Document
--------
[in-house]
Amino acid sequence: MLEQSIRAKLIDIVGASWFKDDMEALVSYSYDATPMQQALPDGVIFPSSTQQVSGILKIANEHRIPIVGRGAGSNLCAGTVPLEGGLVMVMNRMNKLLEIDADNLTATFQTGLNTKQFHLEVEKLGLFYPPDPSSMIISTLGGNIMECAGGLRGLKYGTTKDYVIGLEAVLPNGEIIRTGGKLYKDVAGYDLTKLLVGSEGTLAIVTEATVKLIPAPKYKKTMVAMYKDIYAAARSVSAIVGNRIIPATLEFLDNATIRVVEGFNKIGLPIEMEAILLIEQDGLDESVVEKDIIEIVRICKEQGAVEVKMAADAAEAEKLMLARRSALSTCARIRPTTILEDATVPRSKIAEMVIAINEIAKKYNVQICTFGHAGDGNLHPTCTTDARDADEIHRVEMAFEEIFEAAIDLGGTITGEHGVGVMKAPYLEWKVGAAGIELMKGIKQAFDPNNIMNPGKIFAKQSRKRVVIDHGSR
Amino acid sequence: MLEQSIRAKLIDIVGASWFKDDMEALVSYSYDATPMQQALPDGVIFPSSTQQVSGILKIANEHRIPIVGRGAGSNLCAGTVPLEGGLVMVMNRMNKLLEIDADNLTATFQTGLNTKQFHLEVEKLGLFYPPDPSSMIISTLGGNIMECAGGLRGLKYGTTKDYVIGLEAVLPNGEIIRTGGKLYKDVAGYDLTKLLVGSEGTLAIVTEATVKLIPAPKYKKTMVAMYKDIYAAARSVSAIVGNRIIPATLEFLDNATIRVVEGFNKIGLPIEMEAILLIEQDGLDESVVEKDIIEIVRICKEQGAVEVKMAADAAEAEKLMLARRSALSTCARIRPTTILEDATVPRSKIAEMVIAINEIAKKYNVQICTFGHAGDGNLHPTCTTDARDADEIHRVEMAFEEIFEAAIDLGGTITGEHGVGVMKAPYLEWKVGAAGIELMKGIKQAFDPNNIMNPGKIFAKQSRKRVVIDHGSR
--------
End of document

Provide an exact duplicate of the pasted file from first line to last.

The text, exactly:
[in-house]
Amino acid sequence: MLEQSIRAKLIDIVGASWFKDDMEALVSYSYDATPMQQALPDGVIFPSSTQQVSGILKIANEHRIPIVGRGAGSNLCAGTVPLEGGLVMVMNRMNKLLEIDADNLTATFQTGLNTKQFHLEVEKLGLFYPPDPSSMIISTLGGNIMECAGGLRGLKYGTTKDYVIGLEAVLPNGEIIRTGGKLYKDVAGYDLTKLLVGSEGTLAIVTEATVKLIPAPKYKKTMVAMYKDIYAAARSVSAIVGNRIIPATLEFLDNATIRVVEGFNKIGLPIEMEAILLIEQDGLDESVVEKDIIEIVRICKEQGAVEVKMAADAAEAEKLMLARRSALSTCARIRPTTILEDATVPRSKIAEMVIAINEIAKKYNVQICTFGHAGDGNLHPTCTTDARDADEIHRVEMAFEEIFEAAIDLGGTITGEHGVGVMKAPYLEWKVGAAGIELMKGIKQAFDPNNIMNPGKIFAKQSRKRVVIDHGSR
Amino acid sequence: MLEQSIRAKLIDIVGASWFKDDMEALVSYSYDATPMQQALPDGVIFPSSTQQVSGILKIANEHRIPIVGRGAGSNLCAGTVPLEGGLVMVMNRMNKLLEIDADNLTATFQTGLNTKQFHLEVEKLGLFYPPDPSSMIISTLGGNIMECAGGLRGLKYGTTKDYVIGLEAVLPNGEIIRTGGKLYKDVAGYDLTKLLVGSEGTLAIVTEATVKLIPAPKYKKTMVAMYKDIYAAARSVSAIVGNRIIPATLEFLDNATIRVVEGFNKIGLPIEMEAILLIEQDGLDESVVEKDIIEIVRICKEQGAVEVKMAADAAEAEKLMLARRSALSTCARIRPTTILEDATVPRSKIAEMVIAINEIAKKYNVQICTFGHAGDGNLHPTCTTDARDADEIHRVEMAFEEIFEAAIDLGGTITGEHGVGVMKAPYLEWKVGAAGIELMKGIKQAFDPNNIMNPGKIFAKQSRKRVVIDHGSR